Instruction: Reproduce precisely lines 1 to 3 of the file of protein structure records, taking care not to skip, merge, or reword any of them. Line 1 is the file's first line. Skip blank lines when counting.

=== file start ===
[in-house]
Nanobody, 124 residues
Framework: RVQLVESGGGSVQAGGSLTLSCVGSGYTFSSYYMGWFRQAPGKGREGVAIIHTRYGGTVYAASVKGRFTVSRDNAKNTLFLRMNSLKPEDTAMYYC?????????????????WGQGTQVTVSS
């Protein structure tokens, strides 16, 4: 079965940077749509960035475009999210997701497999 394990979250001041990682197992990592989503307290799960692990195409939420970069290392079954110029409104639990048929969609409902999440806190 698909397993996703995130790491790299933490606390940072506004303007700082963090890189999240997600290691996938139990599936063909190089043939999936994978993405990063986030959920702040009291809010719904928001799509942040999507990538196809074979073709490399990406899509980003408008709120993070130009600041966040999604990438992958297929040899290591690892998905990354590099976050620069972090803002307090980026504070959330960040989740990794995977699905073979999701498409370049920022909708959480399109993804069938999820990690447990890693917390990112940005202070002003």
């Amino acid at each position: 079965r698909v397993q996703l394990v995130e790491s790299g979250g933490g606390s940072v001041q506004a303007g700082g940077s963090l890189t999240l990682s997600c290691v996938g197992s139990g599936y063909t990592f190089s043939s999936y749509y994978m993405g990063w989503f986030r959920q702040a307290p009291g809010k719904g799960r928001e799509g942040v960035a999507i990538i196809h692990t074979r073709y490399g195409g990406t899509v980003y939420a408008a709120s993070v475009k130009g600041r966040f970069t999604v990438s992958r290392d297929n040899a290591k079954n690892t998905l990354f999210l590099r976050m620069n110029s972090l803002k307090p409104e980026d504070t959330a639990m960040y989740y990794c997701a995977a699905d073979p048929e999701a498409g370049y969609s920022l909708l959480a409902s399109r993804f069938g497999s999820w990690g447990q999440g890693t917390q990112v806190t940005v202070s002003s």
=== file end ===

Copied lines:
[in-house]
Nanobody, 124 residues
Framework: RVQLVESGGGSVQAGGSLTLSCVGSGYTFSSYYMGWFRQAPGKGREGVAIIHTRYGGTVYAASVKGRFTVSRDNAKNTLFLRMNSLKPEDTAMYYC?????????????????WGQGTQVTVSS